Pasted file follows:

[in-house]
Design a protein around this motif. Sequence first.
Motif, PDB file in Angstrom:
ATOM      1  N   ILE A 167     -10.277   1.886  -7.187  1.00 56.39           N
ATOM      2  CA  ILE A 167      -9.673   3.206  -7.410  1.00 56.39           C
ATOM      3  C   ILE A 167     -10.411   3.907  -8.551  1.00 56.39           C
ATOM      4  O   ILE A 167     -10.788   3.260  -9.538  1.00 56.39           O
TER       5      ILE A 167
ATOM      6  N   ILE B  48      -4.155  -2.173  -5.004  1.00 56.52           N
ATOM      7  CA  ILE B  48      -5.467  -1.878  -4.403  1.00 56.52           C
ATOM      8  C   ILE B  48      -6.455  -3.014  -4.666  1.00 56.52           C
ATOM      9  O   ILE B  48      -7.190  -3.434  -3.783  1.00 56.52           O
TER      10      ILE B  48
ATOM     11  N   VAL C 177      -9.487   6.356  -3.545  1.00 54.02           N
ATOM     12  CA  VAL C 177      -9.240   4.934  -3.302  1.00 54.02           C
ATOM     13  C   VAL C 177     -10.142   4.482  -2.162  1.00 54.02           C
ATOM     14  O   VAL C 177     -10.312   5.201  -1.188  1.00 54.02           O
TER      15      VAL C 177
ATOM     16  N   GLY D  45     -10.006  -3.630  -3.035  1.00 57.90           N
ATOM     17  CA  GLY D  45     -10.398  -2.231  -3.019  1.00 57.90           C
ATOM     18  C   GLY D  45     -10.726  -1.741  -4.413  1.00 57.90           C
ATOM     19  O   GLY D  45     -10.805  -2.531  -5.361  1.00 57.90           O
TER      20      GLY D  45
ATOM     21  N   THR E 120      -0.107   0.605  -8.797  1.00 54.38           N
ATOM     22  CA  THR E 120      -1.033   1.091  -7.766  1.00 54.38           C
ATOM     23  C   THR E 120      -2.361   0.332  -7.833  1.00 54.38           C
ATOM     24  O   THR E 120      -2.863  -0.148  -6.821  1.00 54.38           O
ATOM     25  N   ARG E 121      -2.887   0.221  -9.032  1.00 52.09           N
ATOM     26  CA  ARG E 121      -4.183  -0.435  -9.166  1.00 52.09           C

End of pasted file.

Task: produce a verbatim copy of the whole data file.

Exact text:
[in-house]
Design a protein around this motif. Sequence first.
Motif, PDB file in Angstrom:
ATOM      1  N   ILE A 167     -10.277   1.886  -7.187  1.00 56.39           N
ATOM      2  CA  ILE A 167      -9.673   3.206  -7.410  1.00 56.39           C
ATOM      3  C   ILE A 167     -10.411   3.907  -8.551  1.00 56.39           C
ATOM      4  O   ILE A 167     -10.788   3.260  -9.538  1.00 56.39           O
TER       5      ILE A 167
ATOM      6  N   ILE B  48      -4.155  -2.173  -5.004  1.00 56.52           N
ATOM      7  CA  ILE B  48      -5.467  -1.878  -4.403  1.00 56.52           C
ATOM      8  C   ILE B  48      -6.455  -3.014  -4.666  1.00 56.52           C
ATOM      9  O   ILE B  48      -7.190  -3.434  -3.783  1.00 56.52           O
TER      10      ILE B  48
ATOM     11  N   VAL C 177      -9.487   6.356  -3.545  1.00 54.02           N
ATOM     12  CA  VAL C 177      -9.240   4.934  -3.302  1.00 54.02           C
ATOM     13  C   VAL C 177     -10.142   4.482  -2.162  1.00 54.02           C
ATOM     14  O   VAL C 177     -10.312   5.201  -1.188  1.00 54.02           O
TER      15      VAL C 177
ATOM     16  N   GLY D  45     -10.006  -3.630  -3.035  1.00 57.90           N
ATOM     17  CA  GLY D  45     -10.398  -2.231  -3.019  1.00 57.90           C
ATOM     18  C   GLY D  45     -10.726  -1.741  -4.413  1.00 57.90           C
ATOM     19  O   GLY D  45     -10.805  -2.531  -5.361  1.00 57.90           O
TER      20      GLY D  45
ATOM     21  N   THR E 120      -0.107   0.605  -8.797  1.00 54.38           N
ATOM     22  CA  THR E 120      -1.033   1.091  -7.766  1.00 54.38           C
ATOM     23  C   THR E 120      -2.361   0.332  -7.833  1.00 54.38           C
ATOM     24  O   THR E 120      -2.863  -0.148  -6.821  1.00 54.38           O
ATOM     25  N   ARG E 121      -2.887   0.221  -9.032  1.00 52.09           N
ATOM     26  CA  ARG E 121      -4.183  -0.435  -9.166  1.00 52.09           C